Despite the expulsion of 23 diplomats and the severing of high level contact between Russia and the UK, the chance of the latter implementing the use of the new tool of Unexplained Wealth Orders against allies of President Putin is unlikely, despite what UK politicians have been suggesting.
According to Stephen Ross, head of Wither's fraud team, the difficulty of using Unexplained Wealth Orders to try to hurt Russian President Vladimir Putin's allies (and thereby him) was that to "get one you have to show that it looks like they can't afford their assets."
Mr Ross explained that those 'allies' would still have their assets in Russia and elsewhere and targeting them financially would be trickier.
"It is often his opponents who have fled and had their assets 'appropriated' who may struggle with the test," Mr Ross explained. "That said, it would be remarkable if a Russian or two isn't high up on the National Crime Agency's list."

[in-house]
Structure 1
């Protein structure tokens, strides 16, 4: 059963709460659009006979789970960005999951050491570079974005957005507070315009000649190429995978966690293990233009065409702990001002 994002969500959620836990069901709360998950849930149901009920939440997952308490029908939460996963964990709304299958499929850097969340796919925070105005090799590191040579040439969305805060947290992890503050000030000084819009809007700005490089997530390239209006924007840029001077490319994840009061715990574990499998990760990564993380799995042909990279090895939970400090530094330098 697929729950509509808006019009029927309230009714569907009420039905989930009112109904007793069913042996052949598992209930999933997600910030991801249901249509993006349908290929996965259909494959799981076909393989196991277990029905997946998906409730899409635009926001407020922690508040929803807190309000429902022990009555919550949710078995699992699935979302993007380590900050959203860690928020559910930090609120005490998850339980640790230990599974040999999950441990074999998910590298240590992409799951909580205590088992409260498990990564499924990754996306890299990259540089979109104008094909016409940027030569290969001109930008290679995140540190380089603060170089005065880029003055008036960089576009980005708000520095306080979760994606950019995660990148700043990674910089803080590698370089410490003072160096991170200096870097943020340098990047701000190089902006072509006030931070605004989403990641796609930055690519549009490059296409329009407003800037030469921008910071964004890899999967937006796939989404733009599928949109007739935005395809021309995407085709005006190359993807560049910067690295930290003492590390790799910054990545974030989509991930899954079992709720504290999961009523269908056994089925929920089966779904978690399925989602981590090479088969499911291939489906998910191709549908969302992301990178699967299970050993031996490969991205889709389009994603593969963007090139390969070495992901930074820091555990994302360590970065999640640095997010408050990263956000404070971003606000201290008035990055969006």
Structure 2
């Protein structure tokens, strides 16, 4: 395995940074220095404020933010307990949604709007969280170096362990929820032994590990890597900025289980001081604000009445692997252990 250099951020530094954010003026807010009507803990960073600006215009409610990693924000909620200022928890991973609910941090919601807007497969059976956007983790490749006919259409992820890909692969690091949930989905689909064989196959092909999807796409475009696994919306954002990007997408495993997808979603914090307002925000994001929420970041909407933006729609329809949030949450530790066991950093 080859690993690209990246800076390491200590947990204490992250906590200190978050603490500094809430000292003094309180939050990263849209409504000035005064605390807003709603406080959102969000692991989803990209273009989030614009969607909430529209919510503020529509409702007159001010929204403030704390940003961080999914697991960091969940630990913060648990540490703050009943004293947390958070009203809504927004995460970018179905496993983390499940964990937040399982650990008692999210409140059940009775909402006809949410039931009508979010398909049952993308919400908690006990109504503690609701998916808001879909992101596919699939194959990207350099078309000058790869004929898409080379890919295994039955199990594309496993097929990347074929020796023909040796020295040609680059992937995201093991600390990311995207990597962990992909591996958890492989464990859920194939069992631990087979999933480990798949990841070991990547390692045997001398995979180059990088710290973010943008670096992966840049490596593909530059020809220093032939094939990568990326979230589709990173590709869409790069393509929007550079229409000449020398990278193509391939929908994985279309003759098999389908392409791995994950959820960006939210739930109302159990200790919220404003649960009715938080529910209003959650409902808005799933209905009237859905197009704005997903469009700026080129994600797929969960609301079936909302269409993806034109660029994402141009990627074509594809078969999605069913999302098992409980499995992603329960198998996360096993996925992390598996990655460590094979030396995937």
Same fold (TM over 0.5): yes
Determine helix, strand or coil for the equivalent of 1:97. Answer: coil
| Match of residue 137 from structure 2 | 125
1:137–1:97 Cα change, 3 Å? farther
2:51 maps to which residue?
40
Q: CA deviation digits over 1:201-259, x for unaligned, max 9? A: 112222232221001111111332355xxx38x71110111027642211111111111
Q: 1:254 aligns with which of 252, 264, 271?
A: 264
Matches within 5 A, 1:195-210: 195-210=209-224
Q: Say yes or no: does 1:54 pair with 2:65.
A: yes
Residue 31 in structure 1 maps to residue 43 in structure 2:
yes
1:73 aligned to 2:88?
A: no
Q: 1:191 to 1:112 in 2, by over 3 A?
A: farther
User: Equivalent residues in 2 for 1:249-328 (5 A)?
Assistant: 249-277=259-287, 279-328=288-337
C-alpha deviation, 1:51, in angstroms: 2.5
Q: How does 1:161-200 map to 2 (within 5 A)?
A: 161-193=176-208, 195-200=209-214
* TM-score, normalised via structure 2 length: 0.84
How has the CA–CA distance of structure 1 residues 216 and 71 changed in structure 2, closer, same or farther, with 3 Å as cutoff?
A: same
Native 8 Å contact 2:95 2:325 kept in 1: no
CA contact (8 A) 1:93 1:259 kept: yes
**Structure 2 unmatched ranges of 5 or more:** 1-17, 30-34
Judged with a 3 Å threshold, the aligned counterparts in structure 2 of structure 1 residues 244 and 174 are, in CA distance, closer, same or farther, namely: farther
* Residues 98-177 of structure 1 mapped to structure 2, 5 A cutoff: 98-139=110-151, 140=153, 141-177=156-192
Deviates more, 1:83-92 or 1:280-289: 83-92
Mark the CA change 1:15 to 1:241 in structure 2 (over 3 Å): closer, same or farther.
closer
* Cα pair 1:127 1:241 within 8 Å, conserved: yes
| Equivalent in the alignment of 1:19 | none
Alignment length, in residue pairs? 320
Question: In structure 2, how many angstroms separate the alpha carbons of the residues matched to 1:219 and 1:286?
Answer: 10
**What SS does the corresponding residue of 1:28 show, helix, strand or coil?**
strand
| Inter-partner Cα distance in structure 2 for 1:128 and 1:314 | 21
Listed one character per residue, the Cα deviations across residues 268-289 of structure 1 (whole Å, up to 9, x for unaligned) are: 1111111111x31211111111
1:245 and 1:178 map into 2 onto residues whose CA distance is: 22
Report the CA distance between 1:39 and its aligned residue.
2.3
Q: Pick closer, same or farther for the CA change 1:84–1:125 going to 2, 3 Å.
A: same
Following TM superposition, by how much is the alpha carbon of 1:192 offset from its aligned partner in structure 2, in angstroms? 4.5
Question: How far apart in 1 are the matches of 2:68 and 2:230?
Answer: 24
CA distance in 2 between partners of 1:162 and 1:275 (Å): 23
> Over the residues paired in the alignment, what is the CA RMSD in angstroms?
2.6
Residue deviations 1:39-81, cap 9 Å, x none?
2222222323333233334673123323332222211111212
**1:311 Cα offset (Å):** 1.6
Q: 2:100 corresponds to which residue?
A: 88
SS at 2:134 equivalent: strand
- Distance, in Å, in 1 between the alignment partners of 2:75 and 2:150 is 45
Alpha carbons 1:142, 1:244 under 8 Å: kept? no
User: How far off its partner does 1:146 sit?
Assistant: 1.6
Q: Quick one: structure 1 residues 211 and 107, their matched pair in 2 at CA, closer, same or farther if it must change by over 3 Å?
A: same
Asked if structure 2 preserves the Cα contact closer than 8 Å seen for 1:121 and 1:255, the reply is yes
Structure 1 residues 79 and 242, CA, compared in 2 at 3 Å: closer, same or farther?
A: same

The breakdown in diplomatic relations between the two states came about after a Russian-made nerve agent was used on a former spy and his daughter in Salisbury earlier this month.
|RATE THIS ARTICLE|
THIS WEEK'S TOP STORIES
PAM (Private Asset Managers) and its sister website PAMonline combine to provide "...the best guide available to the leading firms in private client fund management" (FINANCIAL TIMES). PAM compares managers on a level playing field by key data such as fees and charges, minimum investment thresholds and so on.